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By BBC World Service

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Hardtalk interviews newsmakers and personalities from across the globe.

Customer Reviews

Interesting but why so rude?

I enjoy most of these interviews when they are conducted with respect for the interviewee. Rather too often it appears that the interviews are being used a a vehicle for the presenters to show how "HARD" they can be. This approach is uneccessary as with precise targetted questions much can be achieved, rudeness and talking through the efforts of guests to reply detracts from the package.

Devil's in the detail

I disagree with the other reviewer (DUSTYBOY) who claims the interviewers are rude. From all the episodes I've listened to, I haven't heard that. Sackur, as with the other interviewers, inveitably checkmate the interviewee into as close a definitive answer for the audience as is ever going to be had. I find the interviewers probe enough, only to get the straight answers (rather than answering their own counter-questions).

To address some of the unfair accusations made in the other review , namely the "hard" in Hardtalk the other reviewer is alluding to, is how the interviews persist playing devil's advocate for the sake of balancing the argument. It isn't unnecessary, in fact it's inclusive of the precise questioning which he suggests.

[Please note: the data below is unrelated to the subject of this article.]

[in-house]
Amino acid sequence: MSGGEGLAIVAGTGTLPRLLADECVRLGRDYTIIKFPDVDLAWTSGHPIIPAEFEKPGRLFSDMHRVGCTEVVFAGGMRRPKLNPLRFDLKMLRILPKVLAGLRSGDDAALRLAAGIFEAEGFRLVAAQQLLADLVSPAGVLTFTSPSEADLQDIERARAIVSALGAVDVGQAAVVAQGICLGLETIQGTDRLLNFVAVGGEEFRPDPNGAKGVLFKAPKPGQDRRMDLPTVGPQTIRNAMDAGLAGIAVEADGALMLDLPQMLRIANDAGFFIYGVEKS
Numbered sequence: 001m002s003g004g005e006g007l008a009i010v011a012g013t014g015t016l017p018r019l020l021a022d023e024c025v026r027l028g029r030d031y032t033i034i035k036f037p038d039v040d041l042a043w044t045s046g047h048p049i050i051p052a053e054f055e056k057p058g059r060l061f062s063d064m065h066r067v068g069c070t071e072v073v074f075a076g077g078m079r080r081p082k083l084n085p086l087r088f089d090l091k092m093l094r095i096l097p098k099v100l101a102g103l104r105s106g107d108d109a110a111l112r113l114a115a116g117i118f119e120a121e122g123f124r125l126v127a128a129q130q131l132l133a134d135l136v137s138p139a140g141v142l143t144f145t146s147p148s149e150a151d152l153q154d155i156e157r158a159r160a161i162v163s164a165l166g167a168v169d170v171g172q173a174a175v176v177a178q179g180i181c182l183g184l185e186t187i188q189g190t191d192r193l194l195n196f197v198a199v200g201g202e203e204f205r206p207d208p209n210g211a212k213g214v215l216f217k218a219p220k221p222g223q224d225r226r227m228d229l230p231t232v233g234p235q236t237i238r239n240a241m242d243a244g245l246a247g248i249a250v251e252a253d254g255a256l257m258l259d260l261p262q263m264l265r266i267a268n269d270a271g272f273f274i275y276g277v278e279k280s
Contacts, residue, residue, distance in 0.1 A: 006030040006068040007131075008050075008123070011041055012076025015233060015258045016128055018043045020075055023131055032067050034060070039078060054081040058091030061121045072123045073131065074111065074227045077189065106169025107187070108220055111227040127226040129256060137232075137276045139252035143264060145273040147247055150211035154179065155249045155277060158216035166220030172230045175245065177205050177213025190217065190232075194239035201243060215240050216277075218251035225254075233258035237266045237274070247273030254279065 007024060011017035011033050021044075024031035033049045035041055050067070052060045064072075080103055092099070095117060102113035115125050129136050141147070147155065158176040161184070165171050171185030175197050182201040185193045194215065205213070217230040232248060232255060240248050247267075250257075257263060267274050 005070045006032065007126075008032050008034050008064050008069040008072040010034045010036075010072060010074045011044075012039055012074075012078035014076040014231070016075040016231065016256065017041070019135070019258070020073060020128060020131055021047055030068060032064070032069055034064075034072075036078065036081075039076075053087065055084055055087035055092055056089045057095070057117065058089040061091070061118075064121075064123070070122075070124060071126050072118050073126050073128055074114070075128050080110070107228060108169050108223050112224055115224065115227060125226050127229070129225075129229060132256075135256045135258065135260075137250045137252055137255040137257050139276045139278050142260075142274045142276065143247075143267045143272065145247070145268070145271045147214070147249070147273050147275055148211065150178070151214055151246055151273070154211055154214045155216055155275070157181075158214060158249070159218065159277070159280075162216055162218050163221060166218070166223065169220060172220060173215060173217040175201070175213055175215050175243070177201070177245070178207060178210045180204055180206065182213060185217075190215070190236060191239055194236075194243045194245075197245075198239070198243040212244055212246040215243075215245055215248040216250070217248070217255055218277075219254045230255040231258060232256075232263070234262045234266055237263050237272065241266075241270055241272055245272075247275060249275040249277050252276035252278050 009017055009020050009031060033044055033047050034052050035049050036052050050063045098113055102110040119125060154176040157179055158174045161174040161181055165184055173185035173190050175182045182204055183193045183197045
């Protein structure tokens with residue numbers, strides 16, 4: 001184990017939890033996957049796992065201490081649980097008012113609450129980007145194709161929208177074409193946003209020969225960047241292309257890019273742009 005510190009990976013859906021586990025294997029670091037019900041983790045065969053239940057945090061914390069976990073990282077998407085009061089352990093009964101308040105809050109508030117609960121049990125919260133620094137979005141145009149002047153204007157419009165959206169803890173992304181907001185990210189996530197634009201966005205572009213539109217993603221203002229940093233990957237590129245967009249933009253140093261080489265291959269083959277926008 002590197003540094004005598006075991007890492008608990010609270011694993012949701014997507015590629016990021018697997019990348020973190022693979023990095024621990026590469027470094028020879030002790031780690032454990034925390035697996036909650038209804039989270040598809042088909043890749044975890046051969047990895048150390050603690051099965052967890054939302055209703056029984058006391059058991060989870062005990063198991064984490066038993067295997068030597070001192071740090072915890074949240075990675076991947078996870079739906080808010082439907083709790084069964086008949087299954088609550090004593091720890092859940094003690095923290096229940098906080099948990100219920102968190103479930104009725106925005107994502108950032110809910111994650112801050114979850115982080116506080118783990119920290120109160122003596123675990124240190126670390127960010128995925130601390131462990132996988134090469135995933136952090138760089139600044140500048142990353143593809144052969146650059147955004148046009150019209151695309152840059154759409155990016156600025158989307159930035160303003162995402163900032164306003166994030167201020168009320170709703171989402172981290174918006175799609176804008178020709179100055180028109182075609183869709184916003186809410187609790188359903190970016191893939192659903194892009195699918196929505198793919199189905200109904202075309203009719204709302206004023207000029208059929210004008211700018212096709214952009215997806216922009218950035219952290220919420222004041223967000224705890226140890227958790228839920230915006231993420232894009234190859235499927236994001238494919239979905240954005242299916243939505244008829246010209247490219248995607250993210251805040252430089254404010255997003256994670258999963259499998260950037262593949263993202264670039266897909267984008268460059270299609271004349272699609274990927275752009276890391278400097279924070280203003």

Secondly, to negatively observe an interviewer pestering for answer is simply apart of the job. It's a twenty five minnute interview. They don't want the interviewee to be deviating from answering the question as Museveni does with his straw man argument of outlawing the "promotion" of homosexuality, as he puts it. I mean, the question was about Ugandan's predujicing homosexuals, not the promotion of it. Anyway, I'd recommend the podcasts. It''s interesting to hear the logic and reasoning we are taught is unacceptable in the West.


The Steven Sacker interviews are structured such that he asked a negative question, the interviewer rebukes it and then they move on to the next question with no counter at all. The Farage and Woodward interviews are a case in point. Farage was talking mostly nonsense but was not in anyway pressed about any of his views.
Woorward rebuked every single question and again on some points needed to be taken to task. Asked whether money had contaminated football. He was adamant completely and utterly not when clearly there is evidence to suggest it has.
Tim Sebastian did not let anyone off the hook at all, ever.
The interviews of others such as Patrick Stewart which are essentially just a normal interview are fine.